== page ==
The bronze monument to Confederate Gen. J.E.B. Stuart on horseback was hoisted from its granite base as crowds cheered early Tuesday.
The Stuart statue was one of four monuments of prominent Confederate leaders owned by the city of Richmond that have been removed in recent weeks. Three have been taken down by the city while a statue of Jefferson Davis was torn down by protesters.
The fifth Confederate memorial on Monument Avenue – a towering statue of Gen. Robert E. Lee – is the largest and most prominent but remains standing for now as a judge issued an injunction halting its removal. Gov. Ralph Northam, a Democrat, has vowed to take down the statue, which is state owned.
James Ewell Brown Stuart was commander of the Cavalry Corps of Robert E. Lee’s Army of Northern Virginia who was fatally wounded by a Union soldier in 1864. The 15-foot statue of Stuart atop a 7-foot pedestal was erected in 1907.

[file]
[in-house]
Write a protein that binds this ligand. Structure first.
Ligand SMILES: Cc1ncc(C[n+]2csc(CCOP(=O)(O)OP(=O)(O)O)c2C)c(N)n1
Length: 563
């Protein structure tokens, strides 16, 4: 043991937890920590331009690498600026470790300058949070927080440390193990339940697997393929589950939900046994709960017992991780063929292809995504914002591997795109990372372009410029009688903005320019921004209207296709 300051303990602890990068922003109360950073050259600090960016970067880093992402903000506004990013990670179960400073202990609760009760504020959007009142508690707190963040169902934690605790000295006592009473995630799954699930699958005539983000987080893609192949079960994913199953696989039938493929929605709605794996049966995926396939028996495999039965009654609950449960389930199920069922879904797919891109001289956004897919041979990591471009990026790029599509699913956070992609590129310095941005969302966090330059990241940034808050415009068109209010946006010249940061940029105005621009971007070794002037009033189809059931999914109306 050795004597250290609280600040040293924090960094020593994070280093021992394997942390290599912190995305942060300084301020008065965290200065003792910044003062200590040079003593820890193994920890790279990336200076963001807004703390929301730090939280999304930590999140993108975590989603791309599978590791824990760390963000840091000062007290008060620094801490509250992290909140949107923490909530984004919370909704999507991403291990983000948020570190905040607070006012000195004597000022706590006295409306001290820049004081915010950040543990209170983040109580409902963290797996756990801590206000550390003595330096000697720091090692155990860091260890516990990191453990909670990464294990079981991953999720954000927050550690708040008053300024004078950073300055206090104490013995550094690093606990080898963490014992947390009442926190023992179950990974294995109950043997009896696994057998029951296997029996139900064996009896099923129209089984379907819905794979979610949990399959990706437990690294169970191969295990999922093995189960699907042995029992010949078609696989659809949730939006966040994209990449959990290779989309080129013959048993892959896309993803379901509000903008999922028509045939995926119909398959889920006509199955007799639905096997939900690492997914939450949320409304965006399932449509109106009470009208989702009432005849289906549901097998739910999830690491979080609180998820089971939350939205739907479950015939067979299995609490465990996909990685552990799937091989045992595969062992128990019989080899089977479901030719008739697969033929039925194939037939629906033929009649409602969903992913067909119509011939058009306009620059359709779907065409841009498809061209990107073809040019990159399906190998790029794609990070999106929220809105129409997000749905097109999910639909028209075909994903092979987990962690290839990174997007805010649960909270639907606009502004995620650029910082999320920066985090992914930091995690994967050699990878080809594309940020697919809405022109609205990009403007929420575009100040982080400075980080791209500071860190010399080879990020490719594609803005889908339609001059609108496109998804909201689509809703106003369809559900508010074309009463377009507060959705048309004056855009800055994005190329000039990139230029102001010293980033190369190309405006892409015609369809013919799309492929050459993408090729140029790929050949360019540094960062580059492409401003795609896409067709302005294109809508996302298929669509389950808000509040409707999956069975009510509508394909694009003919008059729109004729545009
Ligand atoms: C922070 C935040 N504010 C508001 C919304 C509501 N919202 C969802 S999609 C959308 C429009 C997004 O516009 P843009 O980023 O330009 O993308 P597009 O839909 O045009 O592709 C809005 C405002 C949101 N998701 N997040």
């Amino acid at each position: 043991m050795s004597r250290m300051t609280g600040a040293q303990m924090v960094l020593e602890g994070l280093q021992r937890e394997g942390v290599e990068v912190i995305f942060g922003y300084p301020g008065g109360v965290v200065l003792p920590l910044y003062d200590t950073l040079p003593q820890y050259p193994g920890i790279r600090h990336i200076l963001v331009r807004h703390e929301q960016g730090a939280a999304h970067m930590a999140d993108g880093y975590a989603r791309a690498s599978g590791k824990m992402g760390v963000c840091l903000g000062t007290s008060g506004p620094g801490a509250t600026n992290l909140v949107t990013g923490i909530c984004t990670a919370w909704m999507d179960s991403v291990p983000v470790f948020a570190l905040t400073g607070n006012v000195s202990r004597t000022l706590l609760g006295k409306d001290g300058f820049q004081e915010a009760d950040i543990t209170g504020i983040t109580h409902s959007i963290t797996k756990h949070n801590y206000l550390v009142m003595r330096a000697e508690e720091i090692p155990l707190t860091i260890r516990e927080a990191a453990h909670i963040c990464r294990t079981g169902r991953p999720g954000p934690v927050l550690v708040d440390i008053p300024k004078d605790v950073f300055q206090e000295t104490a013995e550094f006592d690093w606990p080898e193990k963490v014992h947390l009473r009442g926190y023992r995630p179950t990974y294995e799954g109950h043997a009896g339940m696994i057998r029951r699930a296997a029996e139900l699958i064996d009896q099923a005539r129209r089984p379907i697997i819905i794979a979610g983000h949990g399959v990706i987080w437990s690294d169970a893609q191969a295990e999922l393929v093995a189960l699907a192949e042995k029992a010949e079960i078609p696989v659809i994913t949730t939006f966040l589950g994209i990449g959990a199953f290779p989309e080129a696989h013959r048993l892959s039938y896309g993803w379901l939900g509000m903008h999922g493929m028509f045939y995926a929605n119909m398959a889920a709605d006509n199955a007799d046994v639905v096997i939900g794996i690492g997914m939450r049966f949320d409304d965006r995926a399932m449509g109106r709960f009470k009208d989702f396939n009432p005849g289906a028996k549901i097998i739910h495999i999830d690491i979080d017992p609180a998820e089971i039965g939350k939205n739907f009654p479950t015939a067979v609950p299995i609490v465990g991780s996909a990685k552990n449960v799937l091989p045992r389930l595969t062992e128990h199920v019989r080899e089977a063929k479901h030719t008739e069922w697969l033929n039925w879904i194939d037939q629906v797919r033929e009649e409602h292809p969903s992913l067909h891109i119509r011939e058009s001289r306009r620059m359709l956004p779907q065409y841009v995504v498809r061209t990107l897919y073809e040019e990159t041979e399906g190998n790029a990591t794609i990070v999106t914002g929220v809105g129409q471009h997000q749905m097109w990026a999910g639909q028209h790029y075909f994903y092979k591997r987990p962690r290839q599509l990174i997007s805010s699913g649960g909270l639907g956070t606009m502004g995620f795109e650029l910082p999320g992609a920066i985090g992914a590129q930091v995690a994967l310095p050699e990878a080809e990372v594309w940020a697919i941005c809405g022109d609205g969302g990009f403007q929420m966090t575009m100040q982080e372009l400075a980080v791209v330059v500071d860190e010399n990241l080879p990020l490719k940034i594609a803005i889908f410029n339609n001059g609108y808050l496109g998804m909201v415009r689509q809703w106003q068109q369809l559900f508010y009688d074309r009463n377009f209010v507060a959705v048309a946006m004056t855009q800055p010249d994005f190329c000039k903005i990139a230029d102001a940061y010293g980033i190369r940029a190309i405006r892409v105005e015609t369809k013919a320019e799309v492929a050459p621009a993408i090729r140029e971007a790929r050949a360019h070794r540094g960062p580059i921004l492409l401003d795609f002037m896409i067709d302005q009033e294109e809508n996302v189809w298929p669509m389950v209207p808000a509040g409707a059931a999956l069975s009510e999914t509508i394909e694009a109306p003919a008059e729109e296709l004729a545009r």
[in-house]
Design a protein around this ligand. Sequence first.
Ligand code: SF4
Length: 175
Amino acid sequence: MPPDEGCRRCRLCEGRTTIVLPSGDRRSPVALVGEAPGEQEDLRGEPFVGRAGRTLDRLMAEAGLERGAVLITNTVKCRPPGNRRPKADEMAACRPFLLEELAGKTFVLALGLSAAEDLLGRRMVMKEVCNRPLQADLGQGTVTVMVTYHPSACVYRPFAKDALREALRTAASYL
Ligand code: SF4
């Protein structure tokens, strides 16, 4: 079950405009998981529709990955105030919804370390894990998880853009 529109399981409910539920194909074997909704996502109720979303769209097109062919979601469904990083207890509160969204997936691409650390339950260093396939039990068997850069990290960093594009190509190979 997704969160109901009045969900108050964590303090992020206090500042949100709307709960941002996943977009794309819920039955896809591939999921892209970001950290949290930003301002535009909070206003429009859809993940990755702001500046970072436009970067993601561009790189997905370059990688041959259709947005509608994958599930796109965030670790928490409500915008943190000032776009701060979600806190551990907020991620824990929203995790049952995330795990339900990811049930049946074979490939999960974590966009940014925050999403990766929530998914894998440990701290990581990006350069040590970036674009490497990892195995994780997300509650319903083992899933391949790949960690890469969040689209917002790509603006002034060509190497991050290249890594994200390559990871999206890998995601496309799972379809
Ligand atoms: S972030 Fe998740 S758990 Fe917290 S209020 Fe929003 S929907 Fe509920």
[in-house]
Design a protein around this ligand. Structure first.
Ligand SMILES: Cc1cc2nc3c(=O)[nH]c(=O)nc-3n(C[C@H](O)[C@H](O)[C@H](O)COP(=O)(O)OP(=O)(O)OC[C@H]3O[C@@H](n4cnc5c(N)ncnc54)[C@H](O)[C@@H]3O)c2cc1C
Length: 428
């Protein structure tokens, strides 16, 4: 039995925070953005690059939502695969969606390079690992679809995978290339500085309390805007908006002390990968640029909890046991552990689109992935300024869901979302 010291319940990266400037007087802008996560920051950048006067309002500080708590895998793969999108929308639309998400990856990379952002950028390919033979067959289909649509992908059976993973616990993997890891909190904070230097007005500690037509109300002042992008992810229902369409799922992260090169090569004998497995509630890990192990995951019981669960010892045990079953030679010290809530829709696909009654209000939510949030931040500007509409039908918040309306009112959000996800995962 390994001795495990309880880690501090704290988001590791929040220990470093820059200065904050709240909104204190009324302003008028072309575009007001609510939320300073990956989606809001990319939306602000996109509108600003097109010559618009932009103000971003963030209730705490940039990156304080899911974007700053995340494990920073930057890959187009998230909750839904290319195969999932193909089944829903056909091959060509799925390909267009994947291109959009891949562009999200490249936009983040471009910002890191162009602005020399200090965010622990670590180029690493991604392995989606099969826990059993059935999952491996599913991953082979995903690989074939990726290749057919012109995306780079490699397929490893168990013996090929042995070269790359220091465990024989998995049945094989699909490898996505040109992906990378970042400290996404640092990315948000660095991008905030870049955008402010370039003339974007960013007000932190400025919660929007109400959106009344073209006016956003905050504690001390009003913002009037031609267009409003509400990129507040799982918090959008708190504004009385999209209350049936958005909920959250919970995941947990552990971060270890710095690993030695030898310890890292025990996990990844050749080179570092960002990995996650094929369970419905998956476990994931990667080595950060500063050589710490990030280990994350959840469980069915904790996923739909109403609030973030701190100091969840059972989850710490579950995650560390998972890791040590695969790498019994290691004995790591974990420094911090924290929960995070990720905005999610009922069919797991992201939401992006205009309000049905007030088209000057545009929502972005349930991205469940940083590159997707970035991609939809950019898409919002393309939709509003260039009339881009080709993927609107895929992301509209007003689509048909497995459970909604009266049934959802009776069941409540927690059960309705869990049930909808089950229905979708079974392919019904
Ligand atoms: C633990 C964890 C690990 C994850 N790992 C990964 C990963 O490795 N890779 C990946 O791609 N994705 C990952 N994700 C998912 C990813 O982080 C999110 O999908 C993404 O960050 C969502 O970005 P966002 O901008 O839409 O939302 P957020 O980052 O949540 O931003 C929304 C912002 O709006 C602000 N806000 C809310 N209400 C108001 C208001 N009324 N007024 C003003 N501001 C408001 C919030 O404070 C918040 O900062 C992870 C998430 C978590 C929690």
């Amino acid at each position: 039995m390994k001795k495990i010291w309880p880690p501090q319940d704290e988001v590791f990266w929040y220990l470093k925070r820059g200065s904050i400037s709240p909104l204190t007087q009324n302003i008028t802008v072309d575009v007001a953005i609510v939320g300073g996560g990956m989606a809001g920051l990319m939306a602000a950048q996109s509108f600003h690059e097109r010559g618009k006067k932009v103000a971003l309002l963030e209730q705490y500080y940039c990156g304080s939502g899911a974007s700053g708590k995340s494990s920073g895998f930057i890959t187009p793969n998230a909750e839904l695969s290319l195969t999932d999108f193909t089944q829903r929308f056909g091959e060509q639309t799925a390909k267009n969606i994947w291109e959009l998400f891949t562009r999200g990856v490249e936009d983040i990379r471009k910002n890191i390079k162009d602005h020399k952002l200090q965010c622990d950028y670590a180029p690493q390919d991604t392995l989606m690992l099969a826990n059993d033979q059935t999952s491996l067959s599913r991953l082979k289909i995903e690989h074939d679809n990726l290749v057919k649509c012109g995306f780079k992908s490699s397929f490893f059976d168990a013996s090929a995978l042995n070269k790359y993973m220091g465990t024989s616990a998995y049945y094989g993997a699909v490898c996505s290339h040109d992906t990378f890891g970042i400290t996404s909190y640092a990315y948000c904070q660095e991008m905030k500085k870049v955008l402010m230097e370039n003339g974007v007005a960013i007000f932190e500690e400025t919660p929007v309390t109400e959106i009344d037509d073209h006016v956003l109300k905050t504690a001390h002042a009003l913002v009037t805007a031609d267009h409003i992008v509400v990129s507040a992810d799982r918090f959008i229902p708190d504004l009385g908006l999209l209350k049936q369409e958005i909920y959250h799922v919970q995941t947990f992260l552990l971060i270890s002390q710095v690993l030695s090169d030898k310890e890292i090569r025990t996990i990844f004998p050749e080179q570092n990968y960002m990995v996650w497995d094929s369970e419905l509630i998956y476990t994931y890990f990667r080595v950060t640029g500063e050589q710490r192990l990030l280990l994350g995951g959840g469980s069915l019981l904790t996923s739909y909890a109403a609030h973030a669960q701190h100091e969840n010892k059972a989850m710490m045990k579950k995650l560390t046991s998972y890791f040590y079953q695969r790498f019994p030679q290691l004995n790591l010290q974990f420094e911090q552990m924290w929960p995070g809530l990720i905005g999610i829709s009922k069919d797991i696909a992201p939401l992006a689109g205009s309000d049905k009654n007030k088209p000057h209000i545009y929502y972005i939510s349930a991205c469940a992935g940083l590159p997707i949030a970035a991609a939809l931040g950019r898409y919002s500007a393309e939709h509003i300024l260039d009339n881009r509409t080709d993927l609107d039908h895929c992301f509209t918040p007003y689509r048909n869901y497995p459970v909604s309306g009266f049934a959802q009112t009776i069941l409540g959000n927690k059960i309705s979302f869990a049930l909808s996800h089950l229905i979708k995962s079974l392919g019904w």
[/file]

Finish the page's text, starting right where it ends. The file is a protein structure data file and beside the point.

Richmond is taking down Confederate statues: Is this the end for other Confederate memorials?
The statue was one of dozens around the United States that have come down in the wake of protests following the death of George Floyd and other Black Americans in police custody. Floyd, who was Black, died in May after a white Minneapolis police officer held his knee into Floyd's neck.
Across the nation, citizens have been taking to the streets to protest for racial justice and against police brutality. During some protests, demonstrators have torn down statues of prominent Confederate leaders or other historic figures with known racist pasts.
Mayor Levar Stoney, following a state law that went into effect July 1 and citing emergency powers, ordered the city's Confederate statues on Monument Avenue be removed. Statues of Stonewall Jackson and Matthew Fontaine Maury were removed last week.
Contributing: The Associated Press
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This article originally appeared on USA TODAY: J.E.B. Stuart Confederate statue on Richmond's Monument Avenue removed